Sunday, April 30, 2017

Predictabilty

Donald Trump likes to project himself as unpredictable supposedly making him a better negotiator.  There might be some logic to that, but really it is more complicated.

In the world of sports we root for our team, but would soon lose interest if the outcome was totally predictable.  As a youngster I enjoyed watching my home town lacrosse Oshawa Green Gaels win pretty well every game I saw by a large margin.  I still appreciated the skills involved, but it became increasingly boring to watch.  Taping live events and watching later has the danger of spoilers.  Concern over the outcome is part of the excitement.

Movies and television shows are determined before we decide to let them entertain us.  We all have preferences, but over time these preferences can be modified.  Sometimes the ending can be fulfilling, other times you feel cheated and other times mystified.  Surprises can do all those things.  Do you like happy endings?  Do we predict a mood from how it is resolved.   IMDB values its readers enough to insist upon spoiler alerts.  Awhile back I did a post of movies from both a producer and consumer perspective.  http://www.johnfdavidson.com/2012/09/predictability-and-enjoyment-of-movies.html

The stock market doesn't like surprises and will often react very quickly on a rumour, but sometimes can be rereassured.  Smart investors are those who buy low and sell high.  A panic can put prices down very quickly.  Euphoria can put prices up unrealistically high.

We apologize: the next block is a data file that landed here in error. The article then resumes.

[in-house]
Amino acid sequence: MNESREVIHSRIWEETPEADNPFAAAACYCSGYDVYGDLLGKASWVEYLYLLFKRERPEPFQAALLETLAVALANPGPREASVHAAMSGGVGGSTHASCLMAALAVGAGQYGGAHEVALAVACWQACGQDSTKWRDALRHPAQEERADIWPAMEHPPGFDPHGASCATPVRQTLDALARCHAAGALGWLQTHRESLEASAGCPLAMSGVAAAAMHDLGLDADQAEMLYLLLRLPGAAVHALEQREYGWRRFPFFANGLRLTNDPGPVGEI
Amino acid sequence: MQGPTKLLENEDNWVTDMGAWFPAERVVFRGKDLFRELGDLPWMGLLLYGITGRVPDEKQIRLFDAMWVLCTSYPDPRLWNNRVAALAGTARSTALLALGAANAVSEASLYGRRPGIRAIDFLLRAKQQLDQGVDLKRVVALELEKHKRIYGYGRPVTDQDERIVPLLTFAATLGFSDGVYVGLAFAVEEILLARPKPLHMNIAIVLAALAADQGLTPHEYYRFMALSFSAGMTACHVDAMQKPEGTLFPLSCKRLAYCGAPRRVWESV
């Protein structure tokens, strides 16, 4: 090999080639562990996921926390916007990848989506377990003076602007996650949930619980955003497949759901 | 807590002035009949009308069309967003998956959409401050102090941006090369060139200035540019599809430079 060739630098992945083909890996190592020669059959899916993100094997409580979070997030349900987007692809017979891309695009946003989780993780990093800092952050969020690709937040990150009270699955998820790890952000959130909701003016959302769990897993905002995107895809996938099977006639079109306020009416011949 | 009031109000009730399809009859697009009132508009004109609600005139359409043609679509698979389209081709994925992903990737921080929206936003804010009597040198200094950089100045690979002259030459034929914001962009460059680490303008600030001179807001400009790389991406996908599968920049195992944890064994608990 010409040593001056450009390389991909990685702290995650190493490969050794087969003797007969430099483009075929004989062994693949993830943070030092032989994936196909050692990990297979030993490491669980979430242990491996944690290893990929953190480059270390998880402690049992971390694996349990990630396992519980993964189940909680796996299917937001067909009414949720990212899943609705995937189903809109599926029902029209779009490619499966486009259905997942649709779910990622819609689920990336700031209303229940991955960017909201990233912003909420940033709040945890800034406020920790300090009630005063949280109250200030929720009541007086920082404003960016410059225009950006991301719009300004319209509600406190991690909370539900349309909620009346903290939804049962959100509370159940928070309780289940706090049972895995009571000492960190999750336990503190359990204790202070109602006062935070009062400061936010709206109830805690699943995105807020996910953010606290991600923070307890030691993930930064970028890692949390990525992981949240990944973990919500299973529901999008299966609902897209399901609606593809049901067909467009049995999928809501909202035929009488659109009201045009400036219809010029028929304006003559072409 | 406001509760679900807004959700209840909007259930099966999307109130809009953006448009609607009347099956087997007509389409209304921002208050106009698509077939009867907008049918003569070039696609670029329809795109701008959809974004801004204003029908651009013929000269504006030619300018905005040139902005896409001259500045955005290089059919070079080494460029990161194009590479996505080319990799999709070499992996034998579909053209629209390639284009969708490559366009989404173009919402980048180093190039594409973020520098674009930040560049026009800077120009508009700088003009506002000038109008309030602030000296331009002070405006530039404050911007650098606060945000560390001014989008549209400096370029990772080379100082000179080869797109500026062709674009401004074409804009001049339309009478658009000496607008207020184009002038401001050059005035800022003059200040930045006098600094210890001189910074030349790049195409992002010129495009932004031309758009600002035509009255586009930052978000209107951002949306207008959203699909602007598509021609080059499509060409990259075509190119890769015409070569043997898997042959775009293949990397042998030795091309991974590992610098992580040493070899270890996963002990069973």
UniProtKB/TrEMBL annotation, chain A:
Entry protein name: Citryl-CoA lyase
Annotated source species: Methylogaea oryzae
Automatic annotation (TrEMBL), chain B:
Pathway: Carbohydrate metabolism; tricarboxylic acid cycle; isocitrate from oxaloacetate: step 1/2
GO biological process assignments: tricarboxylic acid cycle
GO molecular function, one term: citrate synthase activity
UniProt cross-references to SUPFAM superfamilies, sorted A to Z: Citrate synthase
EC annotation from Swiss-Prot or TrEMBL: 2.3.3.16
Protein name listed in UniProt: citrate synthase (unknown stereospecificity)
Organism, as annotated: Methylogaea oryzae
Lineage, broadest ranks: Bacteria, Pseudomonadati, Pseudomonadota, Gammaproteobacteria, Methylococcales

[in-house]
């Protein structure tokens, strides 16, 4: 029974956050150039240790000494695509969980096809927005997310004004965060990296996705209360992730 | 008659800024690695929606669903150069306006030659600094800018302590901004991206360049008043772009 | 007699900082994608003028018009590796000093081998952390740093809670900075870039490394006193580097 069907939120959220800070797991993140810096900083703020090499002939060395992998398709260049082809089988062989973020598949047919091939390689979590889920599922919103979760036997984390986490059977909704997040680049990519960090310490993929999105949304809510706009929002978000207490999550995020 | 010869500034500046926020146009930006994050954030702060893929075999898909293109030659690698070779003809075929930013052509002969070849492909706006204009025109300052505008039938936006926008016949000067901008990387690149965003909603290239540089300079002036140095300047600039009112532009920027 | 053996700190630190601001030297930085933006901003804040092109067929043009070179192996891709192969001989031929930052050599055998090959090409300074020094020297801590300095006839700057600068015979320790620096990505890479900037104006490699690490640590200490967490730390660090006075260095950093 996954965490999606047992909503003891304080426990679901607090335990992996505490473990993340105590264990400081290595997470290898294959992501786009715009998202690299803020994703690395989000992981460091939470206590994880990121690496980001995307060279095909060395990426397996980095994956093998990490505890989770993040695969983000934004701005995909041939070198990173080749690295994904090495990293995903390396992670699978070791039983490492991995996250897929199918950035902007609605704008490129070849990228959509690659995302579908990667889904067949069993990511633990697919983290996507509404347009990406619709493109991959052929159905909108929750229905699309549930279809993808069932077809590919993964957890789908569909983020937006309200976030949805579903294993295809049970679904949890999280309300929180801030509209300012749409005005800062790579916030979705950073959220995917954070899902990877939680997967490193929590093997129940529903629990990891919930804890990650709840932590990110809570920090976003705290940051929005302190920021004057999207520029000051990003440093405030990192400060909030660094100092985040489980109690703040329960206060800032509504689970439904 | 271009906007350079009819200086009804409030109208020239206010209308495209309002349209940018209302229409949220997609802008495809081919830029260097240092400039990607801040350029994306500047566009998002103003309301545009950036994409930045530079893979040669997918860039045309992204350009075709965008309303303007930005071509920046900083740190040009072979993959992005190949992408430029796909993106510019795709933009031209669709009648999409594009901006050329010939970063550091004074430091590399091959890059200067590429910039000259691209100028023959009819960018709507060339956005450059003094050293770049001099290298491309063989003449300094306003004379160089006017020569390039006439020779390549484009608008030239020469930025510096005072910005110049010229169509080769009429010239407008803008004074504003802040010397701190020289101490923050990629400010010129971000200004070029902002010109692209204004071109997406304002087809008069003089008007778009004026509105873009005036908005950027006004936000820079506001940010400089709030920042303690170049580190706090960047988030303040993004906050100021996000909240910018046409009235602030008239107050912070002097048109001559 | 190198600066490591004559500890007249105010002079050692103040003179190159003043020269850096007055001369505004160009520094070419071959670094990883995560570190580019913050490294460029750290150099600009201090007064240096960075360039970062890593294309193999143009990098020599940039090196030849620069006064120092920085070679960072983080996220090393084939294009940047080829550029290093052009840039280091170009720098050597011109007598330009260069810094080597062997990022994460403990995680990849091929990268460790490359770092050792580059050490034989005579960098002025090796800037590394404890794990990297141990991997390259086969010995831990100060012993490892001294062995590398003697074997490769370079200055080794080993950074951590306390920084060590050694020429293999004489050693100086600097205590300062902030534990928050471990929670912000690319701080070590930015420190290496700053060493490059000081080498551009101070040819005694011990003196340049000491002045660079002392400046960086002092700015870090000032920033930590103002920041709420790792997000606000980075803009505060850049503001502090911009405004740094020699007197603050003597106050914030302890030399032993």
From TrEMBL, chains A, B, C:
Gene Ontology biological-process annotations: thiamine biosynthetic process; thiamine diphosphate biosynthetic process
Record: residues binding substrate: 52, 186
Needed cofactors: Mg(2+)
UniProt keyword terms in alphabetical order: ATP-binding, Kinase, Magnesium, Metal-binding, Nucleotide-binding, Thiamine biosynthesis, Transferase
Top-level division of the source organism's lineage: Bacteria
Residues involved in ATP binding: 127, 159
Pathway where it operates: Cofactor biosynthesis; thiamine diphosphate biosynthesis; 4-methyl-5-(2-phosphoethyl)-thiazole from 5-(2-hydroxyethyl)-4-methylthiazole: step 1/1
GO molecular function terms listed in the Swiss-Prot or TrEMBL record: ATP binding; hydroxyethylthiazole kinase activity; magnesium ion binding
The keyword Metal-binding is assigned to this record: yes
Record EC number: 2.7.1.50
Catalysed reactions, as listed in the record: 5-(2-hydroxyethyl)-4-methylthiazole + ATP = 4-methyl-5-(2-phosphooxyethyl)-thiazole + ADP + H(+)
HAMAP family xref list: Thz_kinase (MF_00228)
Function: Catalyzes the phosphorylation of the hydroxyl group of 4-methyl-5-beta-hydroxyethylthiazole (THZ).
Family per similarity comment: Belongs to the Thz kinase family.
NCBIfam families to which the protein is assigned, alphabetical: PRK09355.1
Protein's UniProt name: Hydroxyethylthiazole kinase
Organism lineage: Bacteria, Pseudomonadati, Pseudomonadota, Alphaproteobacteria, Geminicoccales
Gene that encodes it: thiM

Our lives are consumed mostly by habits and routine.  You get up, go to work or school for so many hours eventually getting off to enjoy some familiar activities.   Family and friends for the most part are supportive and reliable.  Disrupt that routine and we can become anxious or even depressed.  Long term we anticipate many of life's milestones with many being looked forward to and a few maybe dreaded.

It is true that being unpredictable can throw off your opponents.   Sometimes pleasant unexpected events can boost our spirits and make us more agreeable.  You do better if you can accurately predict the reaction of those you interact with.  Some people avoid confrontation and although one might think they have been defeated, the collateral damage can be unpredictable.  Good will has to be earned.

Who do you trust?  Someone who surprises you, not always in a positive way.  Someone who offers very few surprises?  Would you say trust is a big part of negotiating?  When the unpredicted happens who do you trust?

The photo comes from a performance by Circus Orange.  I predict they will put on a good show, but they manage to find a way to do something unpredictable every time I am lucky enough to see them.

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